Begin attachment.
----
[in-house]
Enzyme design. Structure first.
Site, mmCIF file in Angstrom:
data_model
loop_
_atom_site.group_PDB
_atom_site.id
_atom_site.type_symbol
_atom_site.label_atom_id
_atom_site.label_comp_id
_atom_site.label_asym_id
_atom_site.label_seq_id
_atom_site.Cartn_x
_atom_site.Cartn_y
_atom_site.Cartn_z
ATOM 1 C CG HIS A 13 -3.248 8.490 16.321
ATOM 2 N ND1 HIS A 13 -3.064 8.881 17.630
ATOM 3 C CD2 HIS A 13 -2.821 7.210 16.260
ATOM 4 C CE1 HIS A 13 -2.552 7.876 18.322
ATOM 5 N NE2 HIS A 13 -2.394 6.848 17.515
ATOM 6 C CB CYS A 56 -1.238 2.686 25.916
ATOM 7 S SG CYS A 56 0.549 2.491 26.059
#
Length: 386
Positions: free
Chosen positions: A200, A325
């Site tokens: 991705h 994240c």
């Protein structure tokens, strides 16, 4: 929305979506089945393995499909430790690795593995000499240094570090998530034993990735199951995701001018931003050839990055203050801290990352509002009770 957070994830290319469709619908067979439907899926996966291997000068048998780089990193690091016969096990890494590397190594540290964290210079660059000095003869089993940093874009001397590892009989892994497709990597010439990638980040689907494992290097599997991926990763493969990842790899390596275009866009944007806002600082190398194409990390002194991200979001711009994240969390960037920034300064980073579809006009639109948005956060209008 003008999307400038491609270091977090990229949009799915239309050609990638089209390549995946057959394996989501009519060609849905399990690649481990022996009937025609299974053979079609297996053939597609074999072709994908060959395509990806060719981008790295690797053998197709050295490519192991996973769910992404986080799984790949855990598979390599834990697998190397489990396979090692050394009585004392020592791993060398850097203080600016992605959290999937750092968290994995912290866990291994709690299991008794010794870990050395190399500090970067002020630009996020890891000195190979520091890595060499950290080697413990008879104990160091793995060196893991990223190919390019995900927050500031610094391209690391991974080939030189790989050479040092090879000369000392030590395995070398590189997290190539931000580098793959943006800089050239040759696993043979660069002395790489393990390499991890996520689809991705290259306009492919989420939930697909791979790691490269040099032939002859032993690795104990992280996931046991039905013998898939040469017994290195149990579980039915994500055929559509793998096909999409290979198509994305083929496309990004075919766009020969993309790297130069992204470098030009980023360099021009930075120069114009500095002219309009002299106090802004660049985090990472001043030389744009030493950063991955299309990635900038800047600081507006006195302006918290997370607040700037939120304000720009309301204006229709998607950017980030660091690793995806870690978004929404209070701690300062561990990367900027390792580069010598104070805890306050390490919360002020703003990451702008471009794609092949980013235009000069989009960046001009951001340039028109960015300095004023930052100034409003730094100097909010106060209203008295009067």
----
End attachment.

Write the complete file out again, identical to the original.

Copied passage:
[in-house]
Enzyme design. Structure first.
Site, mmCIF file in Angstrom:
data_model
loop_
_atom_site.group_PDB
_atom_site.id
_atom_site.type_symbol
_atom_site.label_atom_id
_atom_site.label_comp_id
_atom_site.label_asym_id
_atom_site.label_seq_id
_atom_site.Cartn_x
_atom_site.Cartn_y
_atom_site.Cartn_z
ATOM 1 C CG HIS A 13 -3.248 8.490 16.321
ATOM 2 N ND1 HIS A 13 -3.064 8.881 17.630
ATOM 3 C CD2 HIS A 13 -2.821 7.210 16.260
ATOM 4 C CE1 HIS A 13 -2.552 7.876 18.322
ATOM 5 N NE2 HIS A 13 -2.394 6.848 17.515
ATOM 6 C CB CYS A 56 -1.238 2.686 25.916
ATOM 7 S SG CYS A 56 0.549 2.491 26.059
#
Length: 386
Positions: free
Chosen positions: A200, A325
């Site tokens: 991705h 994240c």
């Protein structure tokens, strides 16, 4: 929305979506089945393995499909430790690795593995000499240094570090998530034993990735199951995701001018931003050839990055203050801290990352509002009770 957070994830290319469709619908067979439907899926996966291997000068048998780089990193690091016969096990890494590397190594540290964290210079660059000095003869089993940093874009001397590892009989892994497709990597010439990638980040689907494992290097599997991926990763493969990842790899390596275009866009944007806002600082190398194409990390002194991200979001711009994240969390960037920034300064980073579809006009639109948005956060209008 003008999307400038491609270091977090990229949009799915239309050609990638089209390549995946057959394996989501009519060609849905399990690649481990022996009937025609299974053979079609297996053939597609074999072709994908060959395509990806060719981008790295690797053998197709050295490519192991996973769910992404986080799984790949855990598979390599834990697998190397489990396979090692050394009585004392020592791993060398850097203080600016992605959290999937750092968290994995912290866990291994709690299991008794010794870990050395190399500090970067002020630009996020890891000195190979520091890595060499950290080697413990008879104990160091793995060196893991990223190919390019995900927050500031610094391209690391991974080939030189790989050479040092090879000369000392030590395995070398590189997290190539931000580098793959943006800089050239040759696993043979660069002395790489393990390499991890996520689809991705290259306009492919989420939930697909791979790691490269040099032939002859032993690795104990992280996931046991039905013998898939040469017994290195149990579980039915994500055929559509793998096909999409290979198509994305083929496309990004075919766009020969993309790297130069992204470098030009980023360099021009930075120069114009500095002219309009002299106090802004660049985090990472001043030389744009030493950063991955299309990635900038800047600081507006006195302006918290997370607040700037939120304000720009309301204006229709998607950017980030660091690793995806870690978004929404209070701690300062561990990367900027390792580069010598104070805890306050390490919360002020703003990451702008471009794609092949980013235009000069989009960046001009951001340039028109960015300095004023930052100034409003730094100097909010106060209203008295009067």